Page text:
During the "out of visual range" training battles, Thai Air Force pilots demonstrated 41 "effective enemy engagements," while Chinese Su-27SK pilots made only 9. During training battles at a distance of more than 30 kilometers, the Thai Griffins had 88% of "effective hits," while the Chinese Su-27s had only 14%. And during simulated battles at a distance of more than 50 km, the JAS 39 Gripen showed 10 victories, while the Chinese Su-27s showed none.

"The difference in the characteristics of the onboard radars was also important: the Chinese Su-27s use the H001 "Sword" (RLPK-27) with a target detection range of up to 120 km, while the JAS 39 Gripen uses the Ericsson PS-05/A with a target detection range of up to 160 km. The "effective scattering area" indicator also played a role, which for the JAS 39 Gripen was only 1.5 square meters, while for the Su-27 it was as much as 15 square meters (and for the F-16 - only 1.2 square meters)," the article says.

The only combat format where the Chinese Su-27s were able to show superiority over the Thai Gripen was literally within visual range in dogfight style. But even the Chinese themselves admitted that they were able to show such a result only because the Thai Air Force used old short-range air-to-air missiles instead of IRIS-T for such clashes. 


How much do Gripen cost?

Price stands out as a key advantage of the JAS 39 Gripen. Among 4+ generation fighter jets, it claims the position of the most economical option, even to the extent of being offered for lease by Sweden. Back in 2003, the Czech Republic secured a 10-year lease of 14 Gripens for $800 million, while Hungary purchased the same number for around $700 million for the same tenure. Notably, these transactions occurred during Sweden's decision to halve its fighter jet fleet, as it didn't require 200 units.

Both the Czech and Hungarian purchases occurred prior to modernization efforts. In 2014, Brazil joined the ranks as a buyer, obtaining 36 aircraft, with the option to locally manufacture an additional 15, at a cost of $5.4 billion. Subsequently, in 2016, Indonesia was presented with the option to procure 16 aircraft for $1.5 billion, translating to approximately $94 million per unit.

"While not reaching the $50-60 million range that the Czech Republic or Hungary brought them for, the cost of the JAS 39 Gripen remains notably lower than the actual market price for the F-16, which ranges between $130-150 million on the international stage," writes Defense Express. The Swedes are also ready to transfer technology and localize production on the territory of the client state. 

The operational cost per flight hour for a Gripen is also economical, ranging from $4,000 to $7,000 for certain variants.

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Why does Ukraine need Gripen, and when will it get them?

So far, Sweden has not committed to supplying JAS 39 Gripen to Ukraine. This was stated by Prime Minister Ulf Kristersson on August 21. However, not only the Swedes can be donors of the Gripen.

"There are vehicles in South Africa where they are not in operation and may be bought and transferred to Ukraine. The Czech Republic also uses Gripen, but there are a few aircraft there. Hungary, Brazil and Thailand are also among the operators, but they are not likely to become donors," military expert Oleh Katkov told Espreso.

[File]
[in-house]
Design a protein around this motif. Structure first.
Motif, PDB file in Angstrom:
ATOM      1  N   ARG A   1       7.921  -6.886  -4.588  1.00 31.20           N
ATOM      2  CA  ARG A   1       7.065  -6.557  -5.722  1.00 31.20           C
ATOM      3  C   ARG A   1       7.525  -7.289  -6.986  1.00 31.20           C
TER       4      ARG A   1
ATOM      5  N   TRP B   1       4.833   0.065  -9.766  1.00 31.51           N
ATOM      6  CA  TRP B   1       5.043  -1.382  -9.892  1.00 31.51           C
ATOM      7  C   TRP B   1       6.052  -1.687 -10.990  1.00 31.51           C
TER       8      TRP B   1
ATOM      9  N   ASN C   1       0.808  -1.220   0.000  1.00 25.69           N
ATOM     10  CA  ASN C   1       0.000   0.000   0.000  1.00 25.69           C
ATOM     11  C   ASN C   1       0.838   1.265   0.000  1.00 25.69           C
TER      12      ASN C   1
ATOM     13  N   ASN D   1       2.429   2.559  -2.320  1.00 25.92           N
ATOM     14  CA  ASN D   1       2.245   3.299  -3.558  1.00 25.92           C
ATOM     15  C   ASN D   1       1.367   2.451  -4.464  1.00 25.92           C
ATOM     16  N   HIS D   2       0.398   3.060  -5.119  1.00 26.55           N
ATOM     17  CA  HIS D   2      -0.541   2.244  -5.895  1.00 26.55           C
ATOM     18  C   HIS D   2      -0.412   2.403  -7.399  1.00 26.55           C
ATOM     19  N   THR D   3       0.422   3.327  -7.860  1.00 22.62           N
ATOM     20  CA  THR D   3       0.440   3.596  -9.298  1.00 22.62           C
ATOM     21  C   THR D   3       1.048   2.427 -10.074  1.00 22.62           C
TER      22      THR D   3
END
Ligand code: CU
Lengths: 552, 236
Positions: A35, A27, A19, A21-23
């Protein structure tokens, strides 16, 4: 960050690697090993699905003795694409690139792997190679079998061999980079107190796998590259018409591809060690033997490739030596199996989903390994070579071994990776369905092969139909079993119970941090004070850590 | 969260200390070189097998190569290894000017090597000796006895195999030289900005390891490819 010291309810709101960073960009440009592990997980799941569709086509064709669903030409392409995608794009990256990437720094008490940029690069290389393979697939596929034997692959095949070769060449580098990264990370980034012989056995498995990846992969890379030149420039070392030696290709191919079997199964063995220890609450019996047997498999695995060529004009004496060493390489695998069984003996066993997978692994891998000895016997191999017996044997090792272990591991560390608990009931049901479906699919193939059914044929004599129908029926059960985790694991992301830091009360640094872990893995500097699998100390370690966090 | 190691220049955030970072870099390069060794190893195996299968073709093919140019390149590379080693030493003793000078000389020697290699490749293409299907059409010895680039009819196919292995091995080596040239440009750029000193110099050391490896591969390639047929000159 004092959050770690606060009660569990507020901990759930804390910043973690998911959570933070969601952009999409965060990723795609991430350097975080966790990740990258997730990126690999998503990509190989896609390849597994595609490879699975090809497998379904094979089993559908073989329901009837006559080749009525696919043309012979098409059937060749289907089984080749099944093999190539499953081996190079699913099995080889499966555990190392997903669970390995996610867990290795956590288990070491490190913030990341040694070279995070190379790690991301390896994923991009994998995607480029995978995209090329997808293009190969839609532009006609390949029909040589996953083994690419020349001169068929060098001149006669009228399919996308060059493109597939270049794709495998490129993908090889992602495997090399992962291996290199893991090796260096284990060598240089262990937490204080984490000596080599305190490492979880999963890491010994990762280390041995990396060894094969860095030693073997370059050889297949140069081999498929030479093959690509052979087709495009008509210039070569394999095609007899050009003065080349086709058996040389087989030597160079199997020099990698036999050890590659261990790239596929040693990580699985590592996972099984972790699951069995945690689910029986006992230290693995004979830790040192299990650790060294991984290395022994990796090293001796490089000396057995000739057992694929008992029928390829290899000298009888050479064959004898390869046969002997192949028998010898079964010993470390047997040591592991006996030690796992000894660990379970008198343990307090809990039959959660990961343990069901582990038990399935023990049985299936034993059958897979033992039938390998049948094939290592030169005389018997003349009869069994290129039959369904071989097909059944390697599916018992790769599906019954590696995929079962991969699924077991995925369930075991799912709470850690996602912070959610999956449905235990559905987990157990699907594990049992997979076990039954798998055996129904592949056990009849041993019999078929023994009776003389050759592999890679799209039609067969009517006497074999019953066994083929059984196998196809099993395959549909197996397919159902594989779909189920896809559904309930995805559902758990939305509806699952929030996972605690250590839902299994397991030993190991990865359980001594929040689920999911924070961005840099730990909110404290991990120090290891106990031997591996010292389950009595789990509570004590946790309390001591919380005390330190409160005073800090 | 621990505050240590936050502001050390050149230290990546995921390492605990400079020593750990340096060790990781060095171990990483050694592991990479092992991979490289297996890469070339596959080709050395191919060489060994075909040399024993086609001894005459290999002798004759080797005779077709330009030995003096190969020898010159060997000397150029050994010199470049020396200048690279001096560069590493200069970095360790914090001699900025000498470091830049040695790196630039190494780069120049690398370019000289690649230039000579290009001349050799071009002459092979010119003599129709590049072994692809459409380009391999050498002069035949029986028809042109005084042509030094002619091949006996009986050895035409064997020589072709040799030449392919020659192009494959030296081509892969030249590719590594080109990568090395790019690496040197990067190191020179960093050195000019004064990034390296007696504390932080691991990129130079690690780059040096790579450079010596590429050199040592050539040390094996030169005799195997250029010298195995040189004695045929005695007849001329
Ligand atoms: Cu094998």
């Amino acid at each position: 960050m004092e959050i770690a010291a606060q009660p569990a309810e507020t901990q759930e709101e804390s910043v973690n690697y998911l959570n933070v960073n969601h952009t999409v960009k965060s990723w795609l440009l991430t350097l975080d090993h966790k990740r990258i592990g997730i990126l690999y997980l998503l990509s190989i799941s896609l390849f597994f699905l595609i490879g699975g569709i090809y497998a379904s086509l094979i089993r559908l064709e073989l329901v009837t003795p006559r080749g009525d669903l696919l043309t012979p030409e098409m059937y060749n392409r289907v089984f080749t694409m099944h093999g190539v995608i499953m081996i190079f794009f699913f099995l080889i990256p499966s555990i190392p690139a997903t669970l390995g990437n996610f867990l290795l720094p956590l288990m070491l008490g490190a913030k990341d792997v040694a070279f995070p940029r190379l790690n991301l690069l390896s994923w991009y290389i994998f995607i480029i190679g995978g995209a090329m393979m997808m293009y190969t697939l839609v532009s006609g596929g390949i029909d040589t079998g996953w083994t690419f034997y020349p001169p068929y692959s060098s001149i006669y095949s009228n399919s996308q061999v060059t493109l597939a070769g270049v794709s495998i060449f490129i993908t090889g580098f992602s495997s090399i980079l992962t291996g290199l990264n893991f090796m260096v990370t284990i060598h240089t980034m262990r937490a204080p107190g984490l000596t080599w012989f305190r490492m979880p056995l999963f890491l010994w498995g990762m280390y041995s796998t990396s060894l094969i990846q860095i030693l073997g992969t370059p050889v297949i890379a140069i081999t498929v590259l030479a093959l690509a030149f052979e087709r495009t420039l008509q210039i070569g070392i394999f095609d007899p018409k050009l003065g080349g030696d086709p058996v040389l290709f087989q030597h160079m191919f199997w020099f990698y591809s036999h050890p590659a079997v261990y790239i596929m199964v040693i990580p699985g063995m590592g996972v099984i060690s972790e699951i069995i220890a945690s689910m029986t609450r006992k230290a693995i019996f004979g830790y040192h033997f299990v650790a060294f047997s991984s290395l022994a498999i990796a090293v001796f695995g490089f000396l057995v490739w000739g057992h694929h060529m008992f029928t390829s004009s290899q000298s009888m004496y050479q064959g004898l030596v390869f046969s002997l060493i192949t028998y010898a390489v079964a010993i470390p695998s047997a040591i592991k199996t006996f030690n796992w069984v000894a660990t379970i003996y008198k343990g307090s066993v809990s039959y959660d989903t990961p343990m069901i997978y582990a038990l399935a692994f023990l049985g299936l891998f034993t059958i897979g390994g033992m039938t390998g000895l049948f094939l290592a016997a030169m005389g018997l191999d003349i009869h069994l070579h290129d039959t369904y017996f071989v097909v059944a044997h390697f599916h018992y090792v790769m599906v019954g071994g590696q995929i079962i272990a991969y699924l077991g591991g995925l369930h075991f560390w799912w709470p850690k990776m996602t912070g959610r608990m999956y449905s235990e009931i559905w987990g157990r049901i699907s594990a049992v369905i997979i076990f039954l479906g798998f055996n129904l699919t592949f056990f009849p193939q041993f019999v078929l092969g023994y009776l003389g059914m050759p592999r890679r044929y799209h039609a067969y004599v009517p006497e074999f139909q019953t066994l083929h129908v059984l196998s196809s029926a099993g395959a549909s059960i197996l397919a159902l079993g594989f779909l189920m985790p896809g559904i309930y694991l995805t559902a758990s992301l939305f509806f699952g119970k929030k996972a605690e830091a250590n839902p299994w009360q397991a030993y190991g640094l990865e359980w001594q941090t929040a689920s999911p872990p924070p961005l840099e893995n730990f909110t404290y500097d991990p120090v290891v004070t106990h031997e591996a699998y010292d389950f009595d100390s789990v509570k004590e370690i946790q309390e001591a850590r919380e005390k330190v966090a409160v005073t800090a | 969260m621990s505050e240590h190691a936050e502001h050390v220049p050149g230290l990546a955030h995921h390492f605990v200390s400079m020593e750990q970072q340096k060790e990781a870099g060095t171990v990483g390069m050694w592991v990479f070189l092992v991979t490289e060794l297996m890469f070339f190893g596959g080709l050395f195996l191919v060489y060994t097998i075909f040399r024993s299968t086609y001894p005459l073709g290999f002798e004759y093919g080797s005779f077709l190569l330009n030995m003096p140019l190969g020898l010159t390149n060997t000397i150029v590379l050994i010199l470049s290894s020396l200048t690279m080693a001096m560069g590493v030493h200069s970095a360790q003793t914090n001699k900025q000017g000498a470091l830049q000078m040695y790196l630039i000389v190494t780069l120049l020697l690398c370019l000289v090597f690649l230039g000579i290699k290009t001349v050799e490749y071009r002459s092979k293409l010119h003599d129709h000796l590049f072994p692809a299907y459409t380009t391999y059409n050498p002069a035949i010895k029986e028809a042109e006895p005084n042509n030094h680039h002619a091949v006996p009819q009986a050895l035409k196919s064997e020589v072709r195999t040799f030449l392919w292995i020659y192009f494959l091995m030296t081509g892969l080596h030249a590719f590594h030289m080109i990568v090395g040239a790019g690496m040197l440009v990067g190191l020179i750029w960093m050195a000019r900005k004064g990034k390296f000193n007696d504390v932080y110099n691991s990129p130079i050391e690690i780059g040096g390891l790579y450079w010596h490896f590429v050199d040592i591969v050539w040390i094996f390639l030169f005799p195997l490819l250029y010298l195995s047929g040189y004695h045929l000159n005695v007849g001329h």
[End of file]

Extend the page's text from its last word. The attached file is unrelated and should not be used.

The pilot training marked a precursor to the formal announcement of F-16 fighter jets being transferred to Ukraine. Notably, seasoned pilots embarked on a journey to Sweden for Gripen training, as revealed by Lieutenant General Mykola Oleshchuk, the Commander of the Air Force of Ukraine.

"I have decided that the pilots of the class of 2023 will go to the UK for training. As for Sweden, the pilots of the 2016 class, who already have sufficient combat experience, went there," Oleshchuk said.

He also emphasized that the Gripen is second in priority for Ukraine after the F-16 and is in no way inferior to American aircraft in terms of its characteristics. For example, the Gripen can be used for a long time from highways or operational sites away from the main base. 

The advantages of the Swedish aircraft are its low price, unpretentiousness, wide range of weapons and combat capabilities, according to the Defense Express article.

"Another "plus" in favor of the Gripen is its unpretentiousness to landing strips, because it was created in Sweden, which, according to the doctrine, in the event of war, must disperse its aviation throughout the country. Therefore, it has to take off and land from low-quality strips, including field airfields on highways," the article says.

In addition, observers emphasize that the JAS 39's wide arsenal of weapons includes missiles from various manufacturers. They emphasize that the domestic defense industry can produce air-to-air missiles and should also create an airborne version of the Neptune for the Gripen, which would eliminate the need to purchase foreign weapons for the aircraft (one Meteor missile from MBDA costs 2 million euros). 

The Ukrainian Air Force has hailed the Gripen as the prime contender for replacing aging Soviet combat aircraft. This determination emerged from a methodological assessment devised to select an apt tactical aviation fighter. The approach compared potential multirole contenders, namely F-16E, F-35A, EF-2000, Rafale, and JAS-39, considering aspects like price, operational expenses, and combat effectiveness. The analysis found the JAS-39 to be the most financially viable choice, requiring 96 units with a projected cost of $6.8568 billion.